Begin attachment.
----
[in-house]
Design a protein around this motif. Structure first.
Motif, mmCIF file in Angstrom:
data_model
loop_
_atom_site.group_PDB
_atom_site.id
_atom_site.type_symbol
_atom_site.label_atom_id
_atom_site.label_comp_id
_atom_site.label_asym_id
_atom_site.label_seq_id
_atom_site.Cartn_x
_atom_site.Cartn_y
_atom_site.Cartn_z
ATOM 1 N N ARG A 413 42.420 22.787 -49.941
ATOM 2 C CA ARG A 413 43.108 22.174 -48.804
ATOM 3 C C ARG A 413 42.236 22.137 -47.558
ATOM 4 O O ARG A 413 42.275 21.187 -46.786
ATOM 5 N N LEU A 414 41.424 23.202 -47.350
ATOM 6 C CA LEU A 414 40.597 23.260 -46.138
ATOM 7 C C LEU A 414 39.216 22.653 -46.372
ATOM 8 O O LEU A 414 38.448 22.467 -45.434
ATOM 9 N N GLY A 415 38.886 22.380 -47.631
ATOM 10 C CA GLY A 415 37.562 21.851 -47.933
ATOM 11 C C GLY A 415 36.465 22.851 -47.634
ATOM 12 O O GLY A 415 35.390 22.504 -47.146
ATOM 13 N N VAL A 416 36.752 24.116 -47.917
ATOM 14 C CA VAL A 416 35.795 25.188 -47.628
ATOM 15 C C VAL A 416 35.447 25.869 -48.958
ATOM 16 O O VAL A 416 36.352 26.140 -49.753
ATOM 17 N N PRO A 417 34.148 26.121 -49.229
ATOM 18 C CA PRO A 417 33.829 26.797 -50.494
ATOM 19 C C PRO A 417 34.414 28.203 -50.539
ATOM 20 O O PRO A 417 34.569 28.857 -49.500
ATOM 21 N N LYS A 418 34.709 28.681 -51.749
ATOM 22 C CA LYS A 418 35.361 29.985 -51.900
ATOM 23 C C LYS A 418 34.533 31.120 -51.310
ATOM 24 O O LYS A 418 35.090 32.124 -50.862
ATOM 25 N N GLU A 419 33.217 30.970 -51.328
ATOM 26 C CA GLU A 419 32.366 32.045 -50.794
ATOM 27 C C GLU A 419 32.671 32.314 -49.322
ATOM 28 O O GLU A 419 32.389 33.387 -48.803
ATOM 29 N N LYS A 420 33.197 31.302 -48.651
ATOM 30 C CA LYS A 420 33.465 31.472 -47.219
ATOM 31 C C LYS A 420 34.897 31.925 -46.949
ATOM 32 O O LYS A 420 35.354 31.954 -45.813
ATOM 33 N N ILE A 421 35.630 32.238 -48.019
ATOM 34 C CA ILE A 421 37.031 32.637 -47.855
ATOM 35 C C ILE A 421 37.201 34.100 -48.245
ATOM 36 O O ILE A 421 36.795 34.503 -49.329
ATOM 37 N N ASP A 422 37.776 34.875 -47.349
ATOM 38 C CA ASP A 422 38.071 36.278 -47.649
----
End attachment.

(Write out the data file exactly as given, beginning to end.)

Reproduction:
[in-house]
Design a protein around this motif. Structure first.
Motif, mmCIF file in Angstrom:
data_model
loop_
_atom_site.group_PDB
_atom_site.id
_atom_site.type_symbol
_atom_site.label_atom_id
_atom_site.label_comp_id
_atom_site.label_asym_id
_atom_site.label_seq_id
_atom_site.Cartn_x
_atom_site.Cartn_y
_atom_site.Cartn_z
ATOM 1 N N ARG A 413 42.420 22.787 -49.941
ATOM 2 C CA ARG A 413 43.108 22.174 -48.804
ATOM 3 C C ARG A 413 42.236 22.137 -47.558
ATOM 4 O O ARG A 413 42.275 21.187 -46.786
ATOM 5 N N LEU A 414 41.424 23.202 -47.350
ATOM 6 C CA LEU A 414 40.597 23.260 -46.138
ATOM 7 C C LEU A 414 39.216 22.653 -46.372
ATOM 8 O O LEU A 414 38.448 22.467 -45.434
ATOM 9 N N GLY A 415 38.886 22.380 -47.631
ATOM 10 C CA GLY A 415 37.562 21.851 -47.933
ATOM 11 C C GLY A 415 36.465 22.851 -47.634
ATOM 12 O O GLY A 415 35.390 22.504 -47.146
ATOM 13 N N VAL A 416 36.752 24.116 -47.917
ATOM 14 C CA VAL A 416 35.795 25.188 -47.628
ATOM 15 C C VAL A 416 35.447 25.869 -48.958
ATOM 16 O O VAL A 416 36.352 26.140 -49.753
ATOM 17 N N PRO A 417 34.148 26.121 -49.229
ATOM 18 C CA PRO A 417 33.829 26.797 -50.494
ATOM 19 C C PRO A 417 34.414 28.203 -50.539
ATOM 20 O O PRO A 417 34.569 28.857 -49.500
ATOM 21 N N LYS A 418 34.709 28.681 -51.749
ATOM 22 C CA LYS A 418 35.361 29.985 -51.900
ATOM 23 C C LYS A 418 34.533 31.120 -51.310
ATOM 24 O O LYS A 418 35.090 32.124 -50.862
ATOM 25 N N GLU A 419 33.217 30.970 -51.328
ATOM 26 C CA GLU A 419 32.366 32.045 -50.794
ATOM 27 C C GLU A 419 32.671 32.314 -49.322
ATOM 28 O O GLU A 419 32.389 33.387 -48.803
ATOM 29 N N LYS A 420 33.197 31.302 -48.651
ATOM 30 C CA LYS A 420 33.465 31.472 -47.219
ATOM 31 C C LYS A 420 34.897 31.925 -46.949
ATOM 32 O O LYS A 420 35.354 31.954 -45.813
ATOM 33 N N ILE A 421 35.630 32.238 -48.019
ATOM 34 C CA ILE A 421 37.031 32.637 -47.855
ATOM 35 C C ILE A 421 37.201 34.100 -48.245
ATOM 36 O O ILE A 421 36.795 34.503 -49.329
ATOM 37 N N ASP A 422 37.776 34.875 -47.349
ATOM 38 C CA ASP A 422 38.071 36.278 -47.649